“ any manner whatsoever, knowing that they the Slave Trade.
66 were destined for the slave trade; and, " We, William, &c.
“ moreover, their patent shall instantly be sup“ To all those who shall see the present, “ pressed without the possibility of a similar “ greeting, be it known in
“ one being ever again given to them. “ Having taken into consideration, not only “ 5.—The penal enactments above set forth " that, by our resolution of the 15th June, “ shall, however, in no way be applicable to a “ 1814, we have put into operation previous “ case where slaves actually existing in the “ measures to repress the slave trade, but also “ colonies, or their children born or to be " that, by article 8 of the treaty of the 13th “ born, shall happen to be transported in the “ August, 1814, as well as that, by the first “ West Indies, be it from one colony of the “ article of the ulterior treaty of the 4th May “ Netherlands to another, or from a foreiga 6 last, respectively concluded with Great Bri- " colony to another, or from a colony of the “ tain, we engaged ourselves, in the most so- Netherlands to a foreign colony, or from a “ lemn manner, effectually to repress and pre-“ foreign colony to one belonging to the Ne. 6 vent by penal enactments this commerce so “ therlands, or, in short, from any colony in “ disgraceful to humanity;
" the West Indies to another part. We de" For these reasons our council of state, in " clare, on the contrary, very expressly, that « understanding and concert with the states" no one sball, in any way, be molested on this “ general, have decreed, and we decree :- " point, seeing that the said transport is not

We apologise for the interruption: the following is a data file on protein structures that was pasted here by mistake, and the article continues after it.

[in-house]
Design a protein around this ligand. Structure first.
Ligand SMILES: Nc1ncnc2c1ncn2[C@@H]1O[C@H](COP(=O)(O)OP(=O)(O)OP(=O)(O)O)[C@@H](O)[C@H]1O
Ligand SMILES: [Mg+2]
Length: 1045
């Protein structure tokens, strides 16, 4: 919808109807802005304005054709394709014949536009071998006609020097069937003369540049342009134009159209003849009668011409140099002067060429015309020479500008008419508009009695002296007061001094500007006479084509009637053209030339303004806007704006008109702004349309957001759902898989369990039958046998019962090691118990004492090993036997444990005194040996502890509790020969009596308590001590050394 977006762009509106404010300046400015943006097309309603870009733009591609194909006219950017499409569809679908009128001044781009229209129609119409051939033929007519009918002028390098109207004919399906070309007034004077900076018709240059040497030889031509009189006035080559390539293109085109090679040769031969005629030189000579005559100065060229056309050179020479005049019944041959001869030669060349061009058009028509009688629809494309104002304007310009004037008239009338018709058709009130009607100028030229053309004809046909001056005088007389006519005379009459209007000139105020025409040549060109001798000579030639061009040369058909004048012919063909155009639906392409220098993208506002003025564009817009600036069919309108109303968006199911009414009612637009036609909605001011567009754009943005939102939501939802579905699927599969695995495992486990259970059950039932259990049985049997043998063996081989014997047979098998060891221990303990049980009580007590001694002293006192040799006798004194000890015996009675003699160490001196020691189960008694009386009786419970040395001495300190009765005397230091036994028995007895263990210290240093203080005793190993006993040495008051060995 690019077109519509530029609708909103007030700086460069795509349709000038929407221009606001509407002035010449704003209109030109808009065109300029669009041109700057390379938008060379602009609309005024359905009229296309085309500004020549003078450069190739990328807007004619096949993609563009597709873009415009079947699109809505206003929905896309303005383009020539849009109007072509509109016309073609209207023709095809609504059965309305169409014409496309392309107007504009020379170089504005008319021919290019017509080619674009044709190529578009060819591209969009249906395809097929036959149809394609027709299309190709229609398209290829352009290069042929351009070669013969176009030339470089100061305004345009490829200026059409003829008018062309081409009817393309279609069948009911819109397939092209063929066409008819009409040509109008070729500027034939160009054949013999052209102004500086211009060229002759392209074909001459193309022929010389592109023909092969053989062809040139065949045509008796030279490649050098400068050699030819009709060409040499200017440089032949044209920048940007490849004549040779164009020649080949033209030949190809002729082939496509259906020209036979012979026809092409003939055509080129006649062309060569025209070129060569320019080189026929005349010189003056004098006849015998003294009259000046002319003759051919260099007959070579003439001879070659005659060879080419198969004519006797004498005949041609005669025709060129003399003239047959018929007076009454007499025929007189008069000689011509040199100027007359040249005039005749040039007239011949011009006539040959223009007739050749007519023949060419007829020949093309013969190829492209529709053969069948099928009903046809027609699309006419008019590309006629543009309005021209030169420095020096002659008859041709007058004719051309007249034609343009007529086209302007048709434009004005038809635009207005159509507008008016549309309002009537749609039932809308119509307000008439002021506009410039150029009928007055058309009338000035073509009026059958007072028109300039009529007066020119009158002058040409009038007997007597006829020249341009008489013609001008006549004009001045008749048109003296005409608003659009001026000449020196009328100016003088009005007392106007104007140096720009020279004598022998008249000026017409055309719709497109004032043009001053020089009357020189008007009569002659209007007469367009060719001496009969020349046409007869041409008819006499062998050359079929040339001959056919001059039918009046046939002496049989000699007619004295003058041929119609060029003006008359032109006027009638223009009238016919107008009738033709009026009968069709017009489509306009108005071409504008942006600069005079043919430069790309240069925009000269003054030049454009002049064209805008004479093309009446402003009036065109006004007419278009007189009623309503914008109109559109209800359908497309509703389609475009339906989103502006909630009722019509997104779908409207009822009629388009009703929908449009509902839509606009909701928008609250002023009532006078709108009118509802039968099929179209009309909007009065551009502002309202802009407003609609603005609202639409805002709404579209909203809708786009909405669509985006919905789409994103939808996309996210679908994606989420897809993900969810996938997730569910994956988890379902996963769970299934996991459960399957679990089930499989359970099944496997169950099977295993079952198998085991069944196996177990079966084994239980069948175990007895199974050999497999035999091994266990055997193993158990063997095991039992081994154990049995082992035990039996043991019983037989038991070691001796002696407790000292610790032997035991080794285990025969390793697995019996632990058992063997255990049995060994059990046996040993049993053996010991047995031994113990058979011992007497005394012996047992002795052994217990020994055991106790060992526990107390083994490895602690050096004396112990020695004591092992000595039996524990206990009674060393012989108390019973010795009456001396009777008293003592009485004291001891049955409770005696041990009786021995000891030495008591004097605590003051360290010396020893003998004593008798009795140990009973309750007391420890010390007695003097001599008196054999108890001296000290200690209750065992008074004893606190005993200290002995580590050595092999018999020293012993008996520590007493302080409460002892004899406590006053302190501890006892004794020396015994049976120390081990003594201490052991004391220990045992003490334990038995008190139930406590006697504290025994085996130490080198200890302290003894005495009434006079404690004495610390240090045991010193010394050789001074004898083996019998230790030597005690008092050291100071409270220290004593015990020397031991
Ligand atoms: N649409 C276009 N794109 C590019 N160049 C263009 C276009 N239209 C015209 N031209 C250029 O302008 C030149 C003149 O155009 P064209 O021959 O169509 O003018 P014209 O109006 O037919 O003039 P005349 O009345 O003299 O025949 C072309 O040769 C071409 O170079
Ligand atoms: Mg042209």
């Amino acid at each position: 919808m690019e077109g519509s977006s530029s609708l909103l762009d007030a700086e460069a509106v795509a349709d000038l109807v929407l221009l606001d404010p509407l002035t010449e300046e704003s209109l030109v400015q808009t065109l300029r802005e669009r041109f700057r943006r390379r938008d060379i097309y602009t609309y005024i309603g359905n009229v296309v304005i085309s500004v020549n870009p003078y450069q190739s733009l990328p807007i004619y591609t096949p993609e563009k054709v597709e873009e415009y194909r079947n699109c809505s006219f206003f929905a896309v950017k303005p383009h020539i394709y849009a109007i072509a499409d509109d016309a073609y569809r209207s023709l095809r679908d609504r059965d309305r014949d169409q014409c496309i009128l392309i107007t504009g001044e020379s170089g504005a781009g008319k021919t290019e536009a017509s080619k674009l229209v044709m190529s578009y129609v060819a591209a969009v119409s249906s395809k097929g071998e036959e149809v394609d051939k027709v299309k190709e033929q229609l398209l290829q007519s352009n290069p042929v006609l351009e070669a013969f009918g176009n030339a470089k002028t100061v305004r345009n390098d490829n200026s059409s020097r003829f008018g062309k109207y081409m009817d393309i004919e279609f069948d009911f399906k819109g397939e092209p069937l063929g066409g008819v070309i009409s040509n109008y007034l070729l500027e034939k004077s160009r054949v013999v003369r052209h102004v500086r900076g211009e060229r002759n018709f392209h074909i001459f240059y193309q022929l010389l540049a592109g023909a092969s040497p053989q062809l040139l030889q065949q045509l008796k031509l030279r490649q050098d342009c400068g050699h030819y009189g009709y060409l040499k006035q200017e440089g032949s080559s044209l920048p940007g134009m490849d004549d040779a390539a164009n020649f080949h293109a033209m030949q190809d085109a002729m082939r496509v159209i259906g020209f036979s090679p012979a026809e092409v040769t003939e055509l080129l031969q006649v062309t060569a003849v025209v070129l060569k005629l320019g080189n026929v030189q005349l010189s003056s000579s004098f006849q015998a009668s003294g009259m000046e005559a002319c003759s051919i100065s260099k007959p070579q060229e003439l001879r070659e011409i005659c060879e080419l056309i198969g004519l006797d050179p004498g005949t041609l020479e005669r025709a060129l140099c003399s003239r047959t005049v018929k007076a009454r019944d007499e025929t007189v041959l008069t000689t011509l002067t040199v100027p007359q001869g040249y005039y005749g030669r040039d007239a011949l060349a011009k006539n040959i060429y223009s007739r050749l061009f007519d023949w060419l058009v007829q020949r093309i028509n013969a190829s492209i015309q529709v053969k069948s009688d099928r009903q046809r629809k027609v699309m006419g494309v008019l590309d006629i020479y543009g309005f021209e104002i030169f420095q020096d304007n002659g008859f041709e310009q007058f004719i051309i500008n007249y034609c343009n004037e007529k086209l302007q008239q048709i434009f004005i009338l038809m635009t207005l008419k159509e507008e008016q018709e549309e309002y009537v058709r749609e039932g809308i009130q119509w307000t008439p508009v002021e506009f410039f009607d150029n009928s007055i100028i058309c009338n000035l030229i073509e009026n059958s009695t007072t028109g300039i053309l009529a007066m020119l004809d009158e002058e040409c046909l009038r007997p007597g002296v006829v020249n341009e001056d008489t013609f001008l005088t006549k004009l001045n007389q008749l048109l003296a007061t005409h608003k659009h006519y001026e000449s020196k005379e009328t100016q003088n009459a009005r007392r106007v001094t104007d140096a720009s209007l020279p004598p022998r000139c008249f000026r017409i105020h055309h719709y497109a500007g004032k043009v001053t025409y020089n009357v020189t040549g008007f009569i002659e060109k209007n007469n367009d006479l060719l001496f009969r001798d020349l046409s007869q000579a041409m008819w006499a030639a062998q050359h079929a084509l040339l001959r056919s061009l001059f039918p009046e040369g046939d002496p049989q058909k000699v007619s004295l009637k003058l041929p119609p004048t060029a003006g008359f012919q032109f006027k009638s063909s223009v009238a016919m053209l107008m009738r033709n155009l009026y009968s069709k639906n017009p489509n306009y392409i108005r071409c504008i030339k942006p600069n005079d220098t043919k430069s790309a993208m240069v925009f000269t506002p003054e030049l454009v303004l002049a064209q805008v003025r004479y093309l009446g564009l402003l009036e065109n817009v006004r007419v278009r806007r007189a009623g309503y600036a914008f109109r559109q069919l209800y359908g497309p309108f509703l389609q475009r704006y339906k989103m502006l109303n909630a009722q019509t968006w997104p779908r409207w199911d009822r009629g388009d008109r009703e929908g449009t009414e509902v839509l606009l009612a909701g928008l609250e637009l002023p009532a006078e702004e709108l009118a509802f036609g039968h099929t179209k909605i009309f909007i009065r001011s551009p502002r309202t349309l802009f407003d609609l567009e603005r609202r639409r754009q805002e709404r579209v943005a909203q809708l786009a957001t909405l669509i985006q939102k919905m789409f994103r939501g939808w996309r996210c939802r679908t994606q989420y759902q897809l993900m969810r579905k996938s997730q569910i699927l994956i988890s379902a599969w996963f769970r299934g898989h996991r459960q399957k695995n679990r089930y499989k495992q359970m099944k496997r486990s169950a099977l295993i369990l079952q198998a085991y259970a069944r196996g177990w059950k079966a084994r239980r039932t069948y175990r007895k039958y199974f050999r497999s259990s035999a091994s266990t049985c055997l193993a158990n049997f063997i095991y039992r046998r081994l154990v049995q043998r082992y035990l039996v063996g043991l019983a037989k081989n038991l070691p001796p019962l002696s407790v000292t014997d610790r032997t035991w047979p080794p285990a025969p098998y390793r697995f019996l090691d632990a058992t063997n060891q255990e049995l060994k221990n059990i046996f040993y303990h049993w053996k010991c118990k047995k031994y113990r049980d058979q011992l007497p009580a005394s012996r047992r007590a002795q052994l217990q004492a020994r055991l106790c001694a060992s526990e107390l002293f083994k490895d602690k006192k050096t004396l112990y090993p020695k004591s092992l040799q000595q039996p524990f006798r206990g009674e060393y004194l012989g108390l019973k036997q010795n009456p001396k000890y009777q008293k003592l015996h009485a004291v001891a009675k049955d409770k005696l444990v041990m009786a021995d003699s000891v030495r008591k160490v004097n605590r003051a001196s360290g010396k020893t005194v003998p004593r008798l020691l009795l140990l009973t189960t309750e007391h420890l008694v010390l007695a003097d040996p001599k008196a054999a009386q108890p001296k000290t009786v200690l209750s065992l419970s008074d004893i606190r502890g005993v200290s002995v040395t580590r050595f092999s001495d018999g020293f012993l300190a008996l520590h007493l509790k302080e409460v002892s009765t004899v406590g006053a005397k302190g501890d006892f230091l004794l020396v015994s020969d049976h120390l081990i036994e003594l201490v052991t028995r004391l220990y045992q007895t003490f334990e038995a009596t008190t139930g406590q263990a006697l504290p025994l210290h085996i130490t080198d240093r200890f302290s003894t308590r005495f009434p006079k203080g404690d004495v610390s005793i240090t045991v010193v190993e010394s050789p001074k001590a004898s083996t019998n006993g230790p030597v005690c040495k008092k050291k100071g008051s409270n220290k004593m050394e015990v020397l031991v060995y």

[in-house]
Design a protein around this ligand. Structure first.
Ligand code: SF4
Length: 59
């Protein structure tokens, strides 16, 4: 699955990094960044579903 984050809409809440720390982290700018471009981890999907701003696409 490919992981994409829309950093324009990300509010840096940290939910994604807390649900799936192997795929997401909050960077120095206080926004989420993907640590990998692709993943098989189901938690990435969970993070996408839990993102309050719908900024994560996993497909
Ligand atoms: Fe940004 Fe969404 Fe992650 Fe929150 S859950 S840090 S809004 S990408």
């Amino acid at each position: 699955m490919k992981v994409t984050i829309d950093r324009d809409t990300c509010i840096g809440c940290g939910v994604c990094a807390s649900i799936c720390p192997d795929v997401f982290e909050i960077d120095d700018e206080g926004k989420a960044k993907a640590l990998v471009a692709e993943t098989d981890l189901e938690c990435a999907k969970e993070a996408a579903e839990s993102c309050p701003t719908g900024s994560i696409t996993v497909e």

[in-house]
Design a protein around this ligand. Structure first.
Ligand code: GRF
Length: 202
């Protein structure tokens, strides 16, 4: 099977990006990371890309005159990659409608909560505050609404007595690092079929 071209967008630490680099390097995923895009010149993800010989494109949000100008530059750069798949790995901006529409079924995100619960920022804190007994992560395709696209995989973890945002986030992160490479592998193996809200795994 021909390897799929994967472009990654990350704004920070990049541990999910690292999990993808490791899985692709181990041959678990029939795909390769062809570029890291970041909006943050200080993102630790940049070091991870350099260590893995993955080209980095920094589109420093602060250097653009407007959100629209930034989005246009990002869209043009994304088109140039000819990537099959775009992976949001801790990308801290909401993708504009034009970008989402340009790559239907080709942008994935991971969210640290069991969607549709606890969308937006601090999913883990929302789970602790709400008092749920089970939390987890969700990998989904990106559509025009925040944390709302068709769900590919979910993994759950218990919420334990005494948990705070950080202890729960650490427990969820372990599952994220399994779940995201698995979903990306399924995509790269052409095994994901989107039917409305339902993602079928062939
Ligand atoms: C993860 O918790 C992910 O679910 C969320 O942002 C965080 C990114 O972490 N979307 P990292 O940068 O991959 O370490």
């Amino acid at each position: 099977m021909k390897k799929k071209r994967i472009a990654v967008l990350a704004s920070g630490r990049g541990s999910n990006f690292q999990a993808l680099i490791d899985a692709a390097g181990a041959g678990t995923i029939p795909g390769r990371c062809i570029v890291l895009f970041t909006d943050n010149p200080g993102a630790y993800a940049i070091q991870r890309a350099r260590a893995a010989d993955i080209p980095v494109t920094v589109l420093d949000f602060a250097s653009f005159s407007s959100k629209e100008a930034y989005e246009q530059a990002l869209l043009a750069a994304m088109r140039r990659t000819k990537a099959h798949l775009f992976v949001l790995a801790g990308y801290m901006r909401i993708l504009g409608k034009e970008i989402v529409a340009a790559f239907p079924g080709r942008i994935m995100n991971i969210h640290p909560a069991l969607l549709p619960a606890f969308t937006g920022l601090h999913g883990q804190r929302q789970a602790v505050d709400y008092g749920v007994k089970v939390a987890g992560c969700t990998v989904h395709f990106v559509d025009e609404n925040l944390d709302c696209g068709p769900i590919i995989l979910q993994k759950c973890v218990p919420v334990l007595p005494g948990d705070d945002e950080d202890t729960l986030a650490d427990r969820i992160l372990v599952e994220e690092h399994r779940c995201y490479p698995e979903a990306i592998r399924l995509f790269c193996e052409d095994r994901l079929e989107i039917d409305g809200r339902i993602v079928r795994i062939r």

“ Art. 1.-Reckoning from the publication of " included in the prohibitions of the present " the present law, it shall not be permitted to “ law. “ any of our subjects, nor generally to any “6.-In like manner the penalties enacted “ individual who shall be within our kingdom,“ by the present decree shall in no way be made “ to carry on the slave trade, nor to take part“ applicable to those who shall have saved and “ directly or indirectly in this commerce, either“ assisted any vessel loaded with slaves, found “ by arming or equipping vessels or ships for “ in distress, or who shall have received on “ that purpose, or by assisting in the same “ board slaves embarked in such a vessel, pro+ object, in the armament of any national or “ vided that on their arrival at the first port “ other ships, whether by freighting or pre- “ where they may happen to put in, the cap“ paring them knowingly for that use, or by “ tain or owner makes a declaration of the “ going to seek or buy, to sell or exchange, to | “ circumstance within twenty-four hours. “ introduce or cause to be introduced, openly or “ We command and ordain that the present " clandestinely, negroes, as slaves, in any colony “ law be inserted in the official journal, and “ or establishment of the Netherlands, situated" that our ministers, and other authorities “ out of Europe, or even in the colonies or “ whom it concerns, see it strictly put into “ foreign establishments, under pain, for the “ violators of the law and their accomplices, of “ Given at Brussels, 20th November, in the “ a fine of 5000 florins, and, besides that, im.“ year 1818, and of our reign the fifth. “ prisonment for five years.